Or drawe thy witt to bent of wanton will.
The fayrest floures have not the sweetest smell;
A seeminge heaven proves oft a damninge hell.

Selfe-pleasing soules, that play with beautye’s bayt,
In shyning shroud may swallowe fatall hooke;
Where eager sight on semblant faire doth waite,
A locke it proves, that first was but a looke:
The fishe with ease into the nett doth glyde,
But to gett out the waie is not so wide.

So long the fly doth dally with the flame,
Untill his singed winges do force his fall;
So long the eye doth followe phancie’s game,
Till love hath left the hart in heavy thrall.
Soone may the mynde be cast in Cupide’s gaile,
But hard it is imprisoned thoughtes to bayle.

O loath that love whose finall ayme is luste,
Moth of the mind, eclipse of reason’s lighte;
The grave of grace, the mole of Nature’s rust,
The wrack of witt, the wronge of every right.
In summe, an evill whose harmes no tongue can tell;
In which to live is death, to die is hell.

 

A Vale of Tears

A vale there is, enwrapt with dreadful shades,
Which thick of mourning pines shrouds from the sun,
Where hanging cliffs yield short and dumpish glades,
And snowy flood with broken streams doth run.

Where eye-room is from rock to cloudy sky,
From thence to dales with stony ruins strew’d,
Then to the crushèd water’s frothy fry,
Which tumbleth from the tops where snow is thaw’d.

Where ears of other sound can have no choice,
But various blust’ring of the stubborn wind
In trees, in caves, in straits with divers noise;
Which now doth hiss, now howl, now roar by kind.

Where waters wrestle with encount’ring stones,
That break their streams, and turn them into foam,
The hollow clouds full fraught with thund’ring groans,
With hideous thumps discharge their pregnant womb.

And in the horror of this fearful quire
Consists the music of this doleful place;
All pleasant birds from thence their tunes retire,
Where none but heavy notes have any grace.

Resort there is of none but pilgrim wights,
That pass with trembling foot and panting heart;
With terror cast in cold and shivering frights,
They judge the place to terror framed by art.

Yet nature’s work it is, of art untouch’d,
So strait indeed, so vast unto the eye,
With such disorder’d order strangely couch’d,
And with such pleasing horror low and high,

That who it views must needs remain aghast,
Much at the work, more at the Maker’s might;
And muse how nature such a plot could cast
Where nothing seemeth wrong, yet nothing right.

A place for mated mindes, an only bower
Where everything do soothe a dumpish mood;
Earth lies forlorn, the cloudy sky doth lower,
The wind here weeps, here sighs, here cries aloud.

The struggling flood between the marble groans,
Then roaring beats upon the craggy sides;
A little off, amidst the pebble stones,
With bubbling streams and purling noise it glides.

The pines thick set, high grown and ever green,
Still clothe the place with sad and mourning veil;
Here gaping cliff, there mossy plain is seen,
Here hope doth spring, and there again doth quail.

Huge massy stones that hang by tickle stays,
Still threaten fall, and seem to hang in fear;
Some wither’d trees, ashamed of their decays,
Bereft of green are forced gray coats to wear.

Here crystal springs crept out of secret vein,
Straight find some envious hole that hides their grace;
Here searèd tufts lament the want of rain,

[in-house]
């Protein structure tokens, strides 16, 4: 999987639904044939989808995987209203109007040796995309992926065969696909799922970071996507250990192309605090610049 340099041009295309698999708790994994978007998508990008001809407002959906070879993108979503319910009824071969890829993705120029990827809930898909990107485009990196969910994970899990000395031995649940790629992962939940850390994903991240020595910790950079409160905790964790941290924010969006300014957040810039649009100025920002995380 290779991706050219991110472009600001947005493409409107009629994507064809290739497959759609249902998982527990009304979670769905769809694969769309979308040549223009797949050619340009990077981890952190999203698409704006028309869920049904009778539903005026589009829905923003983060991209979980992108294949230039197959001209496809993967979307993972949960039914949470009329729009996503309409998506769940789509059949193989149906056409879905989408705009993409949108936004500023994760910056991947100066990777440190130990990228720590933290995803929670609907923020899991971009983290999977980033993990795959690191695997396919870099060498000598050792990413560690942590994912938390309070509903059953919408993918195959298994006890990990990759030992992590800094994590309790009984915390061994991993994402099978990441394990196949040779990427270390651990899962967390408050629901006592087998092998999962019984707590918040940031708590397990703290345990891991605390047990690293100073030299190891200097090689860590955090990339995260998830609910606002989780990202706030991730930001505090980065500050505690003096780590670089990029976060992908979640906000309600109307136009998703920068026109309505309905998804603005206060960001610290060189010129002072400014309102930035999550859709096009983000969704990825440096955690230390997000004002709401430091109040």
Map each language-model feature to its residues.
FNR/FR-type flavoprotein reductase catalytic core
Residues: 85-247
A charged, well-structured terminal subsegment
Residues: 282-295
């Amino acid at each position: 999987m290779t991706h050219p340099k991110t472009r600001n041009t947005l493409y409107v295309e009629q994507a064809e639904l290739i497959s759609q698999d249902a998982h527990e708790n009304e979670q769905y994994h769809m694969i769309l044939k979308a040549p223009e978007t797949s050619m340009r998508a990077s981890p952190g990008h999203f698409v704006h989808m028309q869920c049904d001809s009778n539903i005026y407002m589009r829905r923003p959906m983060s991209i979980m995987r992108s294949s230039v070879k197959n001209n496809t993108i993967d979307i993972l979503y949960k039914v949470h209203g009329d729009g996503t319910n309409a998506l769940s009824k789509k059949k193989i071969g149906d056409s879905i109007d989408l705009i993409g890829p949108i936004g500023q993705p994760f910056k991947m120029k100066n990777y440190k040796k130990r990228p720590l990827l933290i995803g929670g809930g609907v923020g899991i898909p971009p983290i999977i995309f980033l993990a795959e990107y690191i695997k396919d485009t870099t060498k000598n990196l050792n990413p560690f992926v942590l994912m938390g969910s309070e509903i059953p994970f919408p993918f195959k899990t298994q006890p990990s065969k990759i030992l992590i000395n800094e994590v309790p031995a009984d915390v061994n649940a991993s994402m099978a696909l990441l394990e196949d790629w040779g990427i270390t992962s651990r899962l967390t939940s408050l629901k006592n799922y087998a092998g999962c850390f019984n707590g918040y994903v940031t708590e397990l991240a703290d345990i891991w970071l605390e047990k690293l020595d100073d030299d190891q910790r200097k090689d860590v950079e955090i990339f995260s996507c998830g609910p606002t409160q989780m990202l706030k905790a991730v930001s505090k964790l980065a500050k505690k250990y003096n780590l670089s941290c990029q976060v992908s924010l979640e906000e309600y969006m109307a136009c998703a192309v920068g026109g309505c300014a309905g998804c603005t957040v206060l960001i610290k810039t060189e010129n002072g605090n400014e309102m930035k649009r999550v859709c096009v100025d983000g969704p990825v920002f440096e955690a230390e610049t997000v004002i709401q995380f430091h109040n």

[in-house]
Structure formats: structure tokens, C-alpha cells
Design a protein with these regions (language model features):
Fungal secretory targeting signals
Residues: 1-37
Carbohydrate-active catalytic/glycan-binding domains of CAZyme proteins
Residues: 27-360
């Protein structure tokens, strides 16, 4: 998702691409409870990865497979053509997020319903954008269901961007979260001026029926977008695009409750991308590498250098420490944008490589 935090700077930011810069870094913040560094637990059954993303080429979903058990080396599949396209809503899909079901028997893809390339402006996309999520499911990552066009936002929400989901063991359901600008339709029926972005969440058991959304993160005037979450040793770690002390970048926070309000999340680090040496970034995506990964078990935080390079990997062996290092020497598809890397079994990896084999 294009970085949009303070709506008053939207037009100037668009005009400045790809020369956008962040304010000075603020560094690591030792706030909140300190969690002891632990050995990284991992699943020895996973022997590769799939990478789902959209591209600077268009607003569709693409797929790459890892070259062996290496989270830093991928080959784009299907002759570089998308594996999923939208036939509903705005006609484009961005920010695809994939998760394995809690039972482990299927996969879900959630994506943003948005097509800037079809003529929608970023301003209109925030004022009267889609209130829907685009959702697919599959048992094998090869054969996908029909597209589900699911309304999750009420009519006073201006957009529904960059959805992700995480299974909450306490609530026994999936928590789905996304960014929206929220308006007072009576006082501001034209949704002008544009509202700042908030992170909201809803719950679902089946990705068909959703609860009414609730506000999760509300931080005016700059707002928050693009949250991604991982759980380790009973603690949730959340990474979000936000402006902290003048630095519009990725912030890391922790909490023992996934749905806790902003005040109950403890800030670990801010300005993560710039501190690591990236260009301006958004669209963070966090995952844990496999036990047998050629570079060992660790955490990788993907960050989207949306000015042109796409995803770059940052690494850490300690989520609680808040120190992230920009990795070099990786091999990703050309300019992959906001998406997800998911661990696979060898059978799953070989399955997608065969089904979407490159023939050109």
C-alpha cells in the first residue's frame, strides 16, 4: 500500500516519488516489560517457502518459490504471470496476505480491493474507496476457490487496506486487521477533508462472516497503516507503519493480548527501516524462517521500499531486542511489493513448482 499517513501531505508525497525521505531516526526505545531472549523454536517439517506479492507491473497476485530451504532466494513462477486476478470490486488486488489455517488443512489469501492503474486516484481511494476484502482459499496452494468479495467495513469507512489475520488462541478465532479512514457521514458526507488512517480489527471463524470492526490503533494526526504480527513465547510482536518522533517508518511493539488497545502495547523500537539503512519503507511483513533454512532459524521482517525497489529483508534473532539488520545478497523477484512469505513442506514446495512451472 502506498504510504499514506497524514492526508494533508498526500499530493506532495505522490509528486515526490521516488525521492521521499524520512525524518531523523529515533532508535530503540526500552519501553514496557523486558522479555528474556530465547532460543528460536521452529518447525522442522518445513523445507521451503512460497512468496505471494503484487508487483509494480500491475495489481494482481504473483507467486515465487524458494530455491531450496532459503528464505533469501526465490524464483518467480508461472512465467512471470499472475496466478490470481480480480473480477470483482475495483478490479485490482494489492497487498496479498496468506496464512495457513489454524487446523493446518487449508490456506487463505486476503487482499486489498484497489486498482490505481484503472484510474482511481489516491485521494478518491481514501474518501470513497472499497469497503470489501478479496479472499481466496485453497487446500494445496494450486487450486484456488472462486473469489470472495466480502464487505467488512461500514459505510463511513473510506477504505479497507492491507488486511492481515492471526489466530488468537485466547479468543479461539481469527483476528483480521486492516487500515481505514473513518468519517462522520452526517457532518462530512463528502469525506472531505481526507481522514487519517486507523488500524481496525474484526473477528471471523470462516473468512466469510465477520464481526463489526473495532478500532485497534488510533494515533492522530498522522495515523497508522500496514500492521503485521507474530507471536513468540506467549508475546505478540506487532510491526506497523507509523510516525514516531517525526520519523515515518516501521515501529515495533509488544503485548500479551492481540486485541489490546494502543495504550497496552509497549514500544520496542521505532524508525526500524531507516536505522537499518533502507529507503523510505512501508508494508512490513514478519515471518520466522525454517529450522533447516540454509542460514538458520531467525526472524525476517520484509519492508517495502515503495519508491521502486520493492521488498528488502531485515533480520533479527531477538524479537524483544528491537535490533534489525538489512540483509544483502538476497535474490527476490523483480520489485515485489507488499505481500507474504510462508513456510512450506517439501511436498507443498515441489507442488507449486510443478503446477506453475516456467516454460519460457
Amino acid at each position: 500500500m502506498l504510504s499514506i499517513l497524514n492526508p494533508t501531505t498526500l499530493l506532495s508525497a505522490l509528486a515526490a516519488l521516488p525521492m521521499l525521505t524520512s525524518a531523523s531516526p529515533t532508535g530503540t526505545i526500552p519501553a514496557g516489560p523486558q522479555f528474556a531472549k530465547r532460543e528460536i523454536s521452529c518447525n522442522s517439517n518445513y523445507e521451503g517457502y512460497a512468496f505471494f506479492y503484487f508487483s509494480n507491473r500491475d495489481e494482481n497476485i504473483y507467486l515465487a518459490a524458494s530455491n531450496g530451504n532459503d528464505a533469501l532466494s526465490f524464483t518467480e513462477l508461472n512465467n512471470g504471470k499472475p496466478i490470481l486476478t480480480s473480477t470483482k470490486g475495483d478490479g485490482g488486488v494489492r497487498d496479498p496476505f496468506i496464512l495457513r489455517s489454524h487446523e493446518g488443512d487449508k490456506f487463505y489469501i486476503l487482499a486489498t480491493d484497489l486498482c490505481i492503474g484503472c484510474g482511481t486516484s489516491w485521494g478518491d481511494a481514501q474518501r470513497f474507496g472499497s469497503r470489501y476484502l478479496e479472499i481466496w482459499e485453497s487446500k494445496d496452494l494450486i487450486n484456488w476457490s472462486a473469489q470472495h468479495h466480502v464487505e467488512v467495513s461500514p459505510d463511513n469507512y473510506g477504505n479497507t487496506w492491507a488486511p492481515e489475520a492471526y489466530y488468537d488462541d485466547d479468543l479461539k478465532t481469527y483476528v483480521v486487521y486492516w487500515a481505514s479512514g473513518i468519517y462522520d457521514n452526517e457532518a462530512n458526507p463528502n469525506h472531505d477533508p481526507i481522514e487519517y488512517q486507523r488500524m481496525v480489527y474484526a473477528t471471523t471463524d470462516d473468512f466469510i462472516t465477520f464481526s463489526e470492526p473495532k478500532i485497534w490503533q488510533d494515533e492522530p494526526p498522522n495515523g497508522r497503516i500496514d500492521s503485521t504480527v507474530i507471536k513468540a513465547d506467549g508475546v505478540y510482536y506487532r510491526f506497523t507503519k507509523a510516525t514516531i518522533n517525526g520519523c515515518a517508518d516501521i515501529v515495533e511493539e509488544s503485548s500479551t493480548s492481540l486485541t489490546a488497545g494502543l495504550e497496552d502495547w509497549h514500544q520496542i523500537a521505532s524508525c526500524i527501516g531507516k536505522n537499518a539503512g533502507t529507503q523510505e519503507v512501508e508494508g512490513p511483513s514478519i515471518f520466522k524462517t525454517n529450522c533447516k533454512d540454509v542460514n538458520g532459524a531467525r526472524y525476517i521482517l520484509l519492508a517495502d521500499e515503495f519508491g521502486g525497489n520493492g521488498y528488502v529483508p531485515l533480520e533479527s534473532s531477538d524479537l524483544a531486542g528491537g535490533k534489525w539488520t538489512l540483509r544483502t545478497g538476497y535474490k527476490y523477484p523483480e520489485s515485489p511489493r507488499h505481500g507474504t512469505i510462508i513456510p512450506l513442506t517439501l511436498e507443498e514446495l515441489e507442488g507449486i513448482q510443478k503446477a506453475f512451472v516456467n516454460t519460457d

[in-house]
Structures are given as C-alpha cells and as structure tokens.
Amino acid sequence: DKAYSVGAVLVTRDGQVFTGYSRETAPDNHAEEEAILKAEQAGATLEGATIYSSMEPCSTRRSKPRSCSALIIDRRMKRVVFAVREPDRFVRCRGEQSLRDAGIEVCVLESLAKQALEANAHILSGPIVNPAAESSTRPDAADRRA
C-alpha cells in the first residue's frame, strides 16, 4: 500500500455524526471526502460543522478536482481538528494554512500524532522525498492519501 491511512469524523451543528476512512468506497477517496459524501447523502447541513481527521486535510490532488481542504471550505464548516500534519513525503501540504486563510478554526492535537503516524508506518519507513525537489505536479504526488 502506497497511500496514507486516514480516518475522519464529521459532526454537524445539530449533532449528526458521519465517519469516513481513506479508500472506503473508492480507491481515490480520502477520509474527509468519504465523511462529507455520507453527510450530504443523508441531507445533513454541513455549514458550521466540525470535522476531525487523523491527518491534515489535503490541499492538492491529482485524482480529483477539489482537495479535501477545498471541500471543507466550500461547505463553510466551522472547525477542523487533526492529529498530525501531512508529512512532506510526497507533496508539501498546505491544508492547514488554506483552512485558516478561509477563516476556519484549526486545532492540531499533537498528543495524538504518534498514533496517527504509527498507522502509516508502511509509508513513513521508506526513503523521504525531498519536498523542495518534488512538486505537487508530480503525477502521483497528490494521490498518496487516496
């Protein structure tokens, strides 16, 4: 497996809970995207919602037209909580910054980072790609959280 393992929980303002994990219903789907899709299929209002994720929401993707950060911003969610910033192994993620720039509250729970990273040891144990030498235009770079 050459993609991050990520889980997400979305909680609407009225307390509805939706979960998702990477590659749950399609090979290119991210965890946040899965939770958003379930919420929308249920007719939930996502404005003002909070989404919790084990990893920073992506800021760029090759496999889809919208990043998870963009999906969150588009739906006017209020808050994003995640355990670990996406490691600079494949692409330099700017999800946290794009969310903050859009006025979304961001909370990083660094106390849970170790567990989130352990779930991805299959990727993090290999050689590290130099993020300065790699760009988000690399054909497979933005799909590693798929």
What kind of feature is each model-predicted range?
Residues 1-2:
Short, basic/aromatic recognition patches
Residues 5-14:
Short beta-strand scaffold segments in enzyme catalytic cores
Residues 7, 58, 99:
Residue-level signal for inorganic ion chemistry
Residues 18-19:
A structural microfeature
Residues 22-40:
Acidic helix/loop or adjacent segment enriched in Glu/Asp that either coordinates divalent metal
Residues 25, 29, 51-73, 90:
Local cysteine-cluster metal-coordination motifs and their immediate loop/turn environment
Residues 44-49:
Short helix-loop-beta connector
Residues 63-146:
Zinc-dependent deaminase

There thunder-wrack gives terror to the place.

All pangs and heavy passions here may find
A thousand motives suiting to their griefs,
To feed the sorrows of their troubled mind,
And chase away dame Pleasure’s vain reliefs.

To plaining thoughts this vale a rest may be,
To which from worldly joys they may retire;
Where sorrow springs from water, stone and tree;
Where everything with mourners doth conspire.

Sit here, my soul, main streams of tears afloat,
Here all thy sinful foils alone recount;
Of solemn tunes make thou the doleful note,
That, by thy ditties, dolour may amount.

When echo shall repeat thy painful cries,
Think that the very stones thy sins bewray,
And now accuse thee with their sad replies,
As heaven and earth shall in the latter day.

Let former faults be fuel of thy fire,
For grief in limbeck of thy heart to still
Thy pensive thoughts and dumps of thy desire,
And vapour tears up to thy eyes at will.

Let tears to tunes, and pains to plaints be press’d,
And let this be the burden of thy song,—
Come, deep remorse, possess my sinful breast;
Delights, adieu!  I harbour’d you too long.

The Burning Babe

As I in hoary winter’s night stood shivering in the snow,
Surprised I was with sudden heat which made my heart to glow ;
And lifting up a fearful eye to view what fire was near,
A pretty babe all burning bright did in the air appear ;
Who, scorchëd with excessive heat, such floods of tears did shed
As though his floods should quench his flames which with his tears were fed.
Alas, quoth he, but newly born in fiery heats I fry,
Yet none approach to warm their hearts or feel my fire but I !
My faultless breast the furnace is, the fuel wounding thorns,
Love is the fire, and sighs the smoke, the ashes shame and scorns ;
The fuel justice layeth on, and mercy blows the coals,
The metal in this furnace wrought are men’s defilëd souls,
For which, as now on fire I am to work them to their good,
So will I melt into a bath to wash them in my blood.
With this he vanished out of sight and swiftly shrunk away,
And straight I callëd unto mind that it was Christmas day.

 

Mary Magdalen’s Complaint at Christ’s Death

Sith my life from life is parted,
Death come take thy portion;
Who survives when life is murdred,
Lives by mere extortion:
All that live, and not in God,
Couche their life in deathe’s abode.

Selye starres must nedes leve shyninge
When the sunne is shadowed,
Borowed streames refrayne their runninge
When hed-springes are hindered:
One that lives by other’s breathe,
Dyeth also by his deathe.

O trewe life! sith Thou hast left me,
Mortall life is tedious;
Death it is to live without Thee,
Death of all most odious:
Turne againe or take me to Thee,
Let me dye or live Thou in me!

Where the truth once was and is not,
Shadowes are but vanitye;
Shewinge want, that helpe they cannot,
Signes, not salves, of miserye.
Paynted meate no hunger feedes,
Dyinge life eche death exceedes.

With my love my life was nestled
In the summe of happynes;
From my love my life is wrested
To a world of heavynes:
O lett love my life remove,
Sith I live not where I love!

O my soule! what did unloose thee
From thy sweete captivitye,
God, not I, did still possesse thee,
His, not myne, thy libertie:
O too happy thrall thou wert,
When thy prison was His hart.

Spitefull speare that brak’st this prison,
Seate of all felicitye,
Workinge thus with dooble treason
Love’s and life’s deliverye:
Though my life thou dravst awaye,
Maugre thee my love shall staye.


Source Text 

Turnbull, William B, ed. The Poetical Works of the Rev. Robert Southwell. John Russell Smith, 1856, is licensed under no known copyright.